A dose of sleep

Your guide to the right herbal supplements to help you get some quality shut-eye.

A long, leisurely and deep night’s sleep is one of the finest pleasures in life that anyone can enjoy – better than pizza on a cheat day, taking the last cupcake at a shared lunch and the smell of fresh rain and newly mown grass combined. Yet so many of us are unable to enjoy this simple bliss (ask any shift worker or new mum). And it’s not always about insufficient hours curled up under the duvet; some people sleep the whole night through, but if the quality isn’t good, you will still wake up feeling exhausted.
No one likes to start their day tired, so here’s some expert advice on how to sleep right.
What are some of the most common sleeping aid supplements? And how do we determine which is right for us?
Stress leads to tension; tension leads to lack of sleep. Kerry Locatelli, naturopath at Holistic Performance Nutrition, recommends starting with a good-quality magnesium supplement, as often this is the simplest solution to day-time tension. Choosing a suitable treatment will depend on the nature of the sleep complaint; for low mood or issues with appetite, Locatelli says try 5HTP (an amino acid used to treat depression).
“If you’ve been travelling, or doing shift work, tart cherry could be useful to help get that circadian rhythm back in sync,” says Locatelli.
Other common supplements prescribed to help the body wind down include valerian, lemon balm, passionflower and lavender. Sandra Clair, founder of natural healthcare company Artemis, says these are clinically proven and can help the body enter “deep recovery mode”.
In what ways do herbal methods differ from pharmaceutical sleeping pills?
Locatelli and Clair both emphasise the safety of herbal remedies, stating they do not present the same risk of addiction that over-the-counter pharmaceuticals can. Plus, you’re less likely to feel groggy or experience memory loss with plant-based medicine. Herbal supplements may take longer to become effective, however, so Locatelli says it’s important to give them time to work. Clair adds plant remedies are usually more cost-effective, help to rebalance the body long-term, are less likely to cause “rebound insomnia” and generally result in better quality sleep, too.
Are there any risks certain people should keep in mind when taking supplements to improve their sleep?
“We need to watch out for drug-herb interactions,” says Locatelli. Always check in with your doctor if you’re taking medication and plan to start taking herbal remedies, or if you’re pregnant, or thinking about it. Clair says traditional plant-based remedies pose no risk when taken as directed. For those who want to wean themselves off sleeping medication, Clair suggests consulting a qualified medical herbalist and taking things slowly to avoid withdrawal symptoms. It’s important to note drug withdrawal can cause “rebound effects” and that these are “not side-effects from the use of a plant-based remedy,” says Clair.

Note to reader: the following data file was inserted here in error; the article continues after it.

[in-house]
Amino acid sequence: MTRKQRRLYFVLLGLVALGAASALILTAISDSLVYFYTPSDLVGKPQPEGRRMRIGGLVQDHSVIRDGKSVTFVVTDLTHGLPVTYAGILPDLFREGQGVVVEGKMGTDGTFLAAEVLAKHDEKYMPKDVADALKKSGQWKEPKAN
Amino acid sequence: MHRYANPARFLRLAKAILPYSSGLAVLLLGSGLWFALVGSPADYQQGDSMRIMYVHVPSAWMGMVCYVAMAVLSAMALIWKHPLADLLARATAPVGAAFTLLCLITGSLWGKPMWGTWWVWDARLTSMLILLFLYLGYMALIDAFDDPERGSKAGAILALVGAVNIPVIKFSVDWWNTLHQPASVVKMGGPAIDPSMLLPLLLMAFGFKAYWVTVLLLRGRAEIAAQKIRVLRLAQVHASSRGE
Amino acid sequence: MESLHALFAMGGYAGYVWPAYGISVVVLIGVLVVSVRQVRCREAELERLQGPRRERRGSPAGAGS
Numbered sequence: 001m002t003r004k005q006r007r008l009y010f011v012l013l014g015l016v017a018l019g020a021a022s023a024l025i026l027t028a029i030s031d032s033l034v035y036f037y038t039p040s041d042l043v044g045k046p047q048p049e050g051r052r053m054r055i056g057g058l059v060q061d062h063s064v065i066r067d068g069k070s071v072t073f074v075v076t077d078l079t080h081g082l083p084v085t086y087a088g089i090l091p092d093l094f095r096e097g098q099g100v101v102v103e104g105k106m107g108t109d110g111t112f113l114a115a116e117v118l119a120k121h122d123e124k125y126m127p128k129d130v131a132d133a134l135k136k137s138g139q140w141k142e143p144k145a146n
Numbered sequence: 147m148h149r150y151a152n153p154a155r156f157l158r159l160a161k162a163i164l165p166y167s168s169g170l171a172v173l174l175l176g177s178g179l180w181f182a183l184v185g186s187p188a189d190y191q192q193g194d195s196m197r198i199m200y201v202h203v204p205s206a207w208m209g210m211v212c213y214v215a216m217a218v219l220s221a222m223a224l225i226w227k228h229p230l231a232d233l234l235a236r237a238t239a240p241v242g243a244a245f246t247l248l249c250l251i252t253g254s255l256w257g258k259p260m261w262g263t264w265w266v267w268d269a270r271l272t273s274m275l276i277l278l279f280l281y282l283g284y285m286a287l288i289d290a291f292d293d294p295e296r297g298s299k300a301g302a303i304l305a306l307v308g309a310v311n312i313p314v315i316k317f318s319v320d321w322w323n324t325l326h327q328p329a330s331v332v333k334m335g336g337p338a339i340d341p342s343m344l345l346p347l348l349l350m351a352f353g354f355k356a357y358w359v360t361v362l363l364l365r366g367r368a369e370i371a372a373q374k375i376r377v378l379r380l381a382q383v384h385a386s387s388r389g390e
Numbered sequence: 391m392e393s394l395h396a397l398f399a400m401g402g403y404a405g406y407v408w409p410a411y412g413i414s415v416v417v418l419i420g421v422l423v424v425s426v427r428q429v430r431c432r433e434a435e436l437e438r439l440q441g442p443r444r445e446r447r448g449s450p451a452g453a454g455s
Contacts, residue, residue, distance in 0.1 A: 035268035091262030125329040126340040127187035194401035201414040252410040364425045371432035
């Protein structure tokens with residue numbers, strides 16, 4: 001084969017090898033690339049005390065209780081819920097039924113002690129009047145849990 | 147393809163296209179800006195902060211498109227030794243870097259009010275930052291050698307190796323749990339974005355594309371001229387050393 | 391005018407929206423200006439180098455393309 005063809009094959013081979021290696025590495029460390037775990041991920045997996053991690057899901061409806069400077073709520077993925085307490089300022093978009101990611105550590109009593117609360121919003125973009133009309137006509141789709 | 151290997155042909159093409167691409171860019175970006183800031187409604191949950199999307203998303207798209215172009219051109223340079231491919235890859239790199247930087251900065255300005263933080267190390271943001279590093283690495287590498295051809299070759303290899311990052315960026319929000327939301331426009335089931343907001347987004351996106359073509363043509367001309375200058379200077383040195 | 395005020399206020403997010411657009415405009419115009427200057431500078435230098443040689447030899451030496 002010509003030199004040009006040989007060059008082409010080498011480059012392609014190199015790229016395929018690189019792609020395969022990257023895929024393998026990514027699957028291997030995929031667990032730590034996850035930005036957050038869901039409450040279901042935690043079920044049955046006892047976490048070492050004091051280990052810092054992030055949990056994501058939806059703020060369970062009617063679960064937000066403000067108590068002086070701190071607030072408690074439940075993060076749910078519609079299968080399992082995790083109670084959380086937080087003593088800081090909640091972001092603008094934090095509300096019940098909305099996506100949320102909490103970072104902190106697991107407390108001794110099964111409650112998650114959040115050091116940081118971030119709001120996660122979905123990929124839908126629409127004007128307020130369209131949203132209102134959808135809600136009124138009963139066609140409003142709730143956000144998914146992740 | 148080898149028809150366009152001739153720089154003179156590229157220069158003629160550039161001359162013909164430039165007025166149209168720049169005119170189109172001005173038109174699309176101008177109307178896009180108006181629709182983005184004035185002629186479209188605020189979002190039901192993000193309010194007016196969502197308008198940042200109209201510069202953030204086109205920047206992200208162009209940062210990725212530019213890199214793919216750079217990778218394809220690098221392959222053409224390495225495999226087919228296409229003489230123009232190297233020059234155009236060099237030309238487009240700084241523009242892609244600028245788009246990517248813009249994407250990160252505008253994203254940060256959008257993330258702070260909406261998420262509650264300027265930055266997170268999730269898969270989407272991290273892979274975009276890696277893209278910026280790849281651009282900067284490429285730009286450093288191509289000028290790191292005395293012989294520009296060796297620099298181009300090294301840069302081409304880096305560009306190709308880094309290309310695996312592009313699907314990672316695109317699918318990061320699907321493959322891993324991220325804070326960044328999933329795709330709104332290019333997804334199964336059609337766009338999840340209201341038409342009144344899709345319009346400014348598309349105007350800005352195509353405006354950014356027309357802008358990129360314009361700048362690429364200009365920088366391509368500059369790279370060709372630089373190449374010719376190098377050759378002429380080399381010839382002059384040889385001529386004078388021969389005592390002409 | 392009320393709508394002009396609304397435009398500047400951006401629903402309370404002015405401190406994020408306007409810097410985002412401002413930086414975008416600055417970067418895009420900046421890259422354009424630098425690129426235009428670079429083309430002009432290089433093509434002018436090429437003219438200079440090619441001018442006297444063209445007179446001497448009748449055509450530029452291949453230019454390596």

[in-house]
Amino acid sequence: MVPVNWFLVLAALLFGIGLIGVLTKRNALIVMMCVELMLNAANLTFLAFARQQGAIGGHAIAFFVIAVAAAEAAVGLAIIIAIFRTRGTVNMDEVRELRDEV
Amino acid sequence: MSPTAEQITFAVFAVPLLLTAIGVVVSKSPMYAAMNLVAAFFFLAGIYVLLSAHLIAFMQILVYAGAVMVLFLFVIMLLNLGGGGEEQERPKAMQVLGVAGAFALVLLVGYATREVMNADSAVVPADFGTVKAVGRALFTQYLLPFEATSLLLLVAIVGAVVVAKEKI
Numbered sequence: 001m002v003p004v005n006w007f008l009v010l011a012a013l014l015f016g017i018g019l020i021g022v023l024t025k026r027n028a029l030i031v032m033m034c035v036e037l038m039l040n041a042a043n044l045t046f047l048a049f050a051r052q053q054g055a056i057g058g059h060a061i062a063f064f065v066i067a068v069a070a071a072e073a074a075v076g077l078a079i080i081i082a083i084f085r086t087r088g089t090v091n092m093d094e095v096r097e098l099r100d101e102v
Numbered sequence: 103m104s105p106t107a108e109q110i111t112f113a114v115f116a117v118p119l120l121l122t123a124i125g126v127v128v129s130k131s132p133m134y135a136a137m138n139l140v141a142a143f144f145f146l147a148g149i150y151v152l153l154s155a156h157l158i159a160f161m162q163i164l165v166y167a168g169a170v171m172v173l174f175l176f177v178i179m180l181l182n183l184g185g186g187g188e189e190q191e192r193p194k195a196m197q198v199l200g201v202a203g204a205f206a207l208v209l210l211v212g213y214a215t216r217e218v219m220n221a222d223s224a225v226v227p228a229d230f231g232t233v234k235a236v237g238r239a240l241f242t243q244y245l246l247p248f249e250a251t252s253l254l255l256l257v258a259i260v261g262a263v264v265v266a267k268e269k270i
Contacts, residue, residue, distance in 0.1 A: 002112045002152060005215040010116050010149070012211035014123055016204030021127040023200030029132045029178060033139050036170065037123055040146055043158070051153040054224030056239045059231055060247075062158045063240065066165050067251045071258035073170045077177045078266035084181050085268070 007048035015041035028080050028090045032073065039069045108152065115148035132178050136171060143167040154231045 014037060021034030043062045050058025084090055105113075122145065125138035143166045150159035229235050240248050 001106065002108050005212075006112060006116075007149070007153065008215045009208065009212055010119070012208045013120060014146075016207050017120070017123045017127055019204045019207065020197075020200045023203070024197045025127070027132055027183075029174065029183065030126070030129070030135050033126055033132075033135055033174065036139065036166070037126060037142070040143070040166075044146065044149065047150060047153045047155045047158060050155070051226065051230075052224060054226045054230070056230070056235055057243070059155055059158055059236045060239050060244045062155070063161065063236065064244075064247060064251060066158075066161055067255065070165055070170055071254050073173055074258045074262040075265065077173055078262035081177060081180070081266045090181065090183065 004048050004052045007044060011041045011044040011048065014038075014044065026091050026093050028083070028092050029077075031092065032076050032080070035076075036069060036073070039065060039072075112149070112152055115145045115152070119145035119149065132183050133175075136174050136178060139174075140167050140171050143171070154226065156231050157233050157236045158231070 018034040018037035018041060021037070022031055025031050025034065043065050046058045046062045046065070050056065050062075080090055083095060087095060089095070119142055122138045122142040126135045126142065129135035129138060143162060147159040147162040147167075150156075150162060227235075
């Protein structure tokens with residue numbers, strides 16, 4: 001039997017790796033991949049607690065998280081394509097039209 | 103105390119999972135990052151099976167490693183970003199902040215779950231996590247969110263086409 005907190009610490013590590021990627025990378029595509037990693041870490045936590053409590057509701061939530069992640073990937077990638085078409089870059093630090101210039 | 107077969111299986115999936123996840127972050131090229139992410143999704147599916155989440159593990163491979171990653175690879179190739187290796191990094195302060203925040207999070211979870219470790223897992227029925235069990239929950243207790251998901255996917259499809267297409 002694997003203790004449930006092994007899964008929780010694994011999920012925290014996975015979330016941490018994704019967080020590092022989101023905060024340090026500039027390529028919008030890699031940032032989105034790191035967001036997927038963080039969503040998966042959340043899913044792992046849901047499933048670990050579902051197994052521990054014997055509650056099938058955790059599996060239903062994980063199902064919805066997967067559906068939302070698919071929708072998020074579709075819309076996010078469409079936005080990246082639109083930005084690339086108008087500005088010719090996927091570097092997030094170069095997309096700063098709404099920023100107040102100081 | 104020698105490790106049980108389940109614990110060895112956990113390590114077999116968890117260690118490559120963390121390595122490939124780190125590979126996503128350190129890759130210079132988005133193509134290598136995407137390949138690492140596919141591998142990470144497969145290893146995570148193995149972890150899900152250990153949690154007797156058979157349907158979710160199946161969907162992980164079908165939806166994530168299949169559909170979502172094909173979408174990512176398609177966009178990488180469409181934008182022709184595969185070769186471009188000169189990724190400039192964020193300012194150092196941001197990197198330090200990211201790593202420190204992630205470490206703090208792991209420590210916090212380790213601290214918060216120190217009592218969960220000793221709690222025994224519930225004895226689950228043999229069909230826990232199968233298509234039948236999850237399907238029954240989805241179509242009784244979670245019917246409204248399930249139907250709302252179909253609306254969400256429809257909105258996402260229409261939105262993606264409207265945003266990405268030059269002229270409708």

Our supplement picks:
Left: Clinicians Sleep Science, 30 capsules, $39.90. Right: Gaia Herbs Sleep Thru, 30 capsules, $32.85
How do herbal remedies work to help someone enjoy a good night’s sleep?
Locatelli explains how they helped a woman in her 20s with a demanding job, whose efforts to manage her fatigue were multiple coffees every day. “We got her to drop the coffee down to one a day in the morning, started her on magnesium and a herbal combination with valerian, hops and passionflower an hour before bed, and after a week her ability to fall asleep improved greatly.” Clair says using plant-based sleeping aids not only improve sleep quality, but, “when taken every night they regenerate the nervous system long-term so we can cope with daytime stress and pressure better.”
Would they help with sleeping conditions Such as insomnia, teeth-grinding and restless leg syndrome?
Clair explains it is vital to look for the root cause of such conditions, because poor sleep is the symptom, rather than the disease itself. “Things to look at include pain, digestive disorders, [the] heart and circulation, blood sugar irregularities, breathing problems, ie apnoea, hormonal disturbances, and stress.” Bruxism (teeth-grinding) can benefit from tea or supplements that reduce stress and anxiety. St John’s Wort stands out as an effective treatment for restless leg syndrome, as well as magnesium to relax the muscles.
Our supplement picks:
From left to right: GO Magnesium Sleep, 60 capsules, $32.90. Lifestream Natural Magnesium powder, $39.90. SleepDrops for Adults, $39.90.
How can dietary or lifestyle changes improve sleep habits?
  • Don’t treat alcohol as a sleep remedy
  • Eat a balanced diet of fresh, wholesome foods
  • Exercise daily
  • Sleep in complete darkness or use an eye mask
  • Avoid caffeine after 2pm
  • To de-stress, try yoga, meditation, massage and catching up with friends
  • Avoid day-time napping
  • Create a wind-down routine before bed: try a bath, chamomile tea or a good book
  • Allow 2-3 hours to digest dinner before going to bed
  • Avoid electronics
Words by: Rachael Harwood
Photos: Thinkstock and Supplied

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